Changing the Face of Entrepreneurship for Over 30 Years

In June, our community lost one of its most passionate advocates—Henry T. Wilfong, Jr., or Hank, to those who
knew him.  

Hank was a fighter. He was a bright light that, for right or wrong, never wavered in his commitment to the rights of every minority and woman business enterprise—the rights that would allow greater access and inclusion to participate in the building, rebuilding, prosperity, and sustainability of this country that he loved dearly.

What’s more, Hank knew how to fight. He was a veteran, an entrepreneur, a legislator, a policymaker, an agitator. He sometimes remarked that he wanted to be a man who “tried to help somebody.” To do that, he started the National Association of Small Disadvantaged Businesses some 20 years ago and proceeded to work on any and all subjects that would serve the interests of his members—the business people who were often overlooked and excluded. People responded to his style. At the time of his passing, he had a strong following and a reputation for fearlessness.

The recent Supreme Court rulings would have had Hank working overtime, producing his daily “issuances”—he produced 5,031 before he passed—and strategizing on his weekly phone meetings he called The Wilfong Hour. Many believe that the Fisher decision is only a temporary reprieve, and the Holder decision is only the beginning of the battle. (See Eye on Washington, page 28.) The opportunity exists now, in a way that it has not for fifty years, for opponents of civil rights to push back much needed protections in areas that have a demonstrable history of discrimination against and exclusion of women and minorities. This is no time to get complacent, it is time to fight. Our ability to advocate is directly tied to our ability to agitate, as Hank would say.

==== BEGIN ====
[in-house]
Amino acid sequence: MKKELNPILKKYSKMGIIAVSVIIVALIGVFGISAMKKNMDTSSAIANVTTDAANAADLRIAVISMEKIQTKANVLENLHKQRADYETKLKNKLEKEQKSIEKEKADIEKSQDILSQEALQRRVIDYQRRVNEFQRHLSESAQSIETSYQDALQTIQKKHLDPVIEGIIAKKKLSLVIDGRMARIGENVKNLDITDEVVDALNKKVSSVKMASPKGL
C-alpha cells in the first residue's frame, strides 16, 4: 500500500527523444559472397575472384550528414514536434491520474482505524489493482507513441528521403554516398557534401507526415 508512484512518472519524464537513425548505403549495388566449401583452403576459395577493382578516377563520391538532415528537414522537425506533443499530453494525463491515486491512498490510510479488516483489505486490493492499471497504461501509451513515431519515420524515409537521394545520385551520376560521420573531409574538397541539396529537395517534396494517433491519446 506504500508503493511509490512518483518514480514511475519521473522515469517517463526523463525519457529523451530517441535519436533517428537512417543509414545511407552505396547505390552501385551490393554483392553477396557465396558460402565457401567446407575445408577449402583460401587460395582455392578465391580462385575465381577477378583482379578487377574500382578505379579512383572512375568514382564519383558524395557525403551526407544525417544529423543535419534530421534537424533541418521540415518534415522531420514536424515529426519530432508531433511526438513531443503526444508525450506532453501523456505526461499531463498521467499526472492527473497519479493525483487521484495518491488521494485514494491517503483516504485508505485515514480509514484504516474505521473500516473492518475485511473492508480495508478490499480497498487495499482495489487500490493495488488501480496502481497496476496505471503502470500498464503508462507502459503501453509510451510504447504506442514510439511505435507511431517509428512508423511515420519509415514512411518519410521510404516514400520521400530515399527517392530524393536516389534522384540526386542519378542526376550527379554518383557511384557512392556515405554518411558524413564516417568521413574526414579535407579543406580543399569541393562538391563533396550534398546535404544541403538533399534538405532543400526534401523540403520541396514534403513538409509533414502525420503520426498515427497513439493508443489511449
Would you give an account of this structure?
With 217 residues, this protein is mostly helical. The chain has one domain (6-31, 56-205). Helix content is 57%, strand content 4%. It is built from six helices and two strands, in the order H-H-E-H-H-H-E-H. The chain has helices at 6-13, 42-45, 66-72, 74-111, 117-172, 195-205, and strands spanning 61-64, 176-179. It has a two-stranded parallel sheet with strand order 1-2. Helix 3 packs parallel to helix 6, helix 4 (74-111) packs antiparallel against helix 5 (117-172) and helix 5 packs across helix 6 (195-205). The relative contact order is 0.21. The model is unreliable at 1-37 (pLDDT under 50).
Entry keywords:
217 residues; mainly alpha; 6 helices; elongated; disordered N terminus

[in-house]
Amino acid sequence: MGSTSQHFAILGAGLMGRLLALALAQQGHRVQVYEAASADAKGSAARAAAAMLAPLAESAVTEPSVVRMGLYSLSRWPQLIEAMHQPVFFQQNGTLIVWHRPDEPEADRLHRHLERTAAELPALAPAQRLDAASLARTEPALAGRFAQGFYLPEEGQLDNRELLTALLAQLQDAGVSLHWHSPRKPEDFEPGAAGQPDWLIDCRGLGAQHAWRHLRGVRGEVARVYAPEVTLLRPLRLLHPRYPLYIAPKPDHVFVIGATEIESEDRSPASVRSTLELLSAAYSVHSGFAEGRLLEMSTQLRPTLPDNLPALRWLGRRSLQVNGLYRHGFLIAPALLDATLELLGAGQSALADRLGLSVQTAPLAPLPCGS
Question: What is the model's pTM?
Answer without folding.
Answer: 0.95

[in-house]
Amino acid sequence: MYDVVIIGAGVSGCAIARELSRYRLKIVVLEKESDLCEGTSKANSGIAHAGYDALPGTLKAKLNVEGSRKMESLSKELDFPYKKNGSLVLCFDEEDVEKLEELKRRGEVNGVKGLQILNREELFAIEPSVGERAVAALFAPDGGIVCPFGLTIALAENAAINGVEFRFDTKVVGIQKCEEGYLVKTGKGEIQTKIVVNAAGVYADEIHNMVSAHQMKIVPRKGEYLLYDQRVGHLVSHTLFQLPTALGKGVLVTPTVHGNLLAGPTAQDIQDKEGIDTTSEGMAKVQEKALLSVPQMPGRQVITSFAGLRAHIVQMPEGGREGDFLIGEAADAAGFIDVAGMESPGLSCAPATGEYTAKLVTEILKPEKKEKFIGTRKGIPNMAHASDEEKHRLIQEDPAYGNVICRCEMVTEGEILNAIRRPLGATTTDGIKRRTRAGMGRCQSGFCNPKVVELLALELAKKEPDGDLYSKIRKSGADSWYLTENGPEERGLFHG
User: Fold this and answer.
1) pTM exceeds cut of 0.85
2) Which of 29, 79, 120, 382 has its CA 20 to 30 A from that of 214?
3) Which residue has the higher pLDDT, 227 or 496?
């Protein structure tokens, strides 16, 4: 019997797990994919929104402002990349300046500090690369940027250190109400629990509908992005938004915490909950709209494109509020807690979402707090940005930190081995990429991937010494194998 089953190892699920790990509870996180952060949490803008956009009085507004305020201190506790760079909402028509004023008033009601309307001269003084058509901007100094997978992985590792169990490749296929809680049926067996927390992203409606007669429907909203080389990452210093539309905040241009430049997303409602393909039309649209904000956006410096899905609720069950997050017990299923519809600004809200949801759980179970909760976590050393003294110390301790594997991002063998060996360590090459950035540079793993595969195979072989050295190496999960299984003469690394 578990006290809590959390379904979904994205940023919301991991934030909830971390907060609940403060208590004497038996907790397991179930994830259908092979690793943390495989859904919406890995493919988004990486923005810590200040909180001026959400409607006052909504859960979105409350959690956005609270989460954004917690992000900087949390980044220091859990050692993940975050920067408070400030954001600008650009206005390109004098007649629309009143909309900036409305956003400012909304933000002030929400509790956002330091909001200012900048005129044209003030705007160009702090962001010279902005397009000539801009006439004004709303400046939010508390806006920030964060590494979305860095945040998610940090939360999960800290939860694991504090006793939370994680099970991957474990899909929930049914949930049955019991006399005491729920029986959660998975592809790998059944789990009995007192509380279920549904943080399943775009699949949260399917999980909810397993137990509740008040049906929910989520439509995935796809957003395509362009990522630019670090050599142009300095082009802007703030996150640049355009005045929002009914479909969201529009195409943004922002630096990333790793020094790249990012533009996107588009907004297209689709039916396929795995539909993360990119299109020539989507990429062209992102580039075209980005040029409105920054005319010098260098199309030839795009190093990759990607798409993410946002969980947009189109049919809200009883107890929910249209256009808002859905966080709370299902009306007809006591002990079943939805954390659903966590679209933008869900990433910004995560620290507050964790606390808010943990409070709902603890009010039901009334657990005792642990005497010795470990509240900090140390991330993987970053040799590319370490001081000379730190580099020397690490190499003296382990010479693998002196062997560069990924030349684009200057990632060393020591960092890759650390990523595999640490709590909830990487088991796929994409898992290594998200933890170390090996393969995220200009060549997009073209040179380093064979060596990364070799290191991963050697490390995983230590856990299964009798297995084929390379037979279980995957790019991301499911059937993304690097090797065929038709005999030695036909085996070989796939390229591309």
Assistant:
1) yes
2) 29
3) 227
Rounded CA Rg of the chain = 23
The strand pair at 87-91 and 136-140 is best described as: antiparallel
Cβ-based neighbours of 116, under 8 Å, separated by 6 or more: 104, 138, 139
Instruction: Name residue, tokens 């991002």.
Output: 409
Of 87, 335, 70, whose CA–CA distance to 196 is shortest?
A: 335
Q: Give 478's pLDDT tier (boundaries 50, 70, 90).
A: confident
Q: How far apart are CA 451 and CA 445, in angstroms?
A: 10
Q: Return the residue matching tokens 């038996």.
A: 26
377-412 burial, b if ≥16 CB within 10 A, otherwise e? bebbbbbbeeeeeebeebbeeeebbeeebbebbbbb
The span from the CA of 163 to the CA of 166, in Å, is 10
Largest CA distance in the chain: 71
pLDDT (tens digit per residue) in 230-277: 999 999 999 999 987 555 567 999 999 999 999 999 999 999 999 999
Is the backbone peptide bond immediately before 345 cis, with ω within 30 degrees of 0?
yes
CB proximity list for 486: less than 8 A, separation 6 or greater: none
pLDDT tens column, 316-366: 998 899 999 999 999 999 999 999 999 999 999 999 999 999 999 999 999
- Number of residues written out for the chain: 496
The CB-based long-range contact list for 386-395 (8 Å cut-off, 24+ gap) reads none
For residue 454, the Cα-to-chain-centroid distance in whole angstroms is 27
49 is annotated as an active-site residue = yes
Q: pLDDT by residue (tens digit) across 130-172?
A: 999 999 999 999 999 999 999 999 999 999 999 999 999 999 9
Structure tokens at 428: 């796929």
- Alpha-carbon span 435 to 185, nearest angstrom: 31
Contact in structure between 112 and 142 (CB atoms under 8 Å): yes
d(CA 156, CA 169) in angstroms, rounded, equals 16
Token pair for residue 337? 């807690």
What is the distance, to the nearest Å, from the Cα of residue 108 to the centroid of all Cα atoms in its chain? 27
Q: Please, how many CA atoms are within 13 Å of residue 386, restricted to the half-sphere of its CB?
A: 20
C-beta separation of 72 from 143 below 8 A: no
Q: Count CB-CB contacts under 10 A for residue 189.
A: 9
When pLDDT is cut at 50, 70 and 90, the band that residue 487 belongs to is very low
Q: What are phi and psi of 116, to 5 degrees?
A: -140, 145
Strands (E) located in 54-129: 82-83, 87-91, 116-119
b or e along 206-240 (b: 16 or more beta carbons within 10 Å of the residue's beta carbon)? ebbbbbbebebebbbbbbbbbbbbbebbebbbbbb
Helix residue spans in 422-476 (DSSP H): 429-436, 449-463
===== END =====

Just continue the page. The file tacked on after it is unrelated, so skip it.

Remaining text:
Also on the chopping block is Hank’s most recent project, the XpressWest high-speed rail project linkingLas VegastoSouthern California. Recently, the Department of Transportation announced that it was tabling the review of the loan application submitted in 2010. Hank viewed this project as a portal to increased minority construction capacity, one that would allow firms from across the country to cut their teeth on what would have been, and still might be, one of the nation’s first high speed rail infrastructure projects. In this project, supporters saw not only the future of transportation in the United States, but a major opportunity for minority- and women-owned firms to lay their own tracks to future success in major infrastructure projects.

It is safe to say that Hank will be remembered, as he would have liked it, as the man who tried, and succeeding, in helping many. For him, for the vision which was his life’s work, and for the full inclusion of small, disadvantaged businesses everywhere the struggle continues, until we succeed—and we shall.


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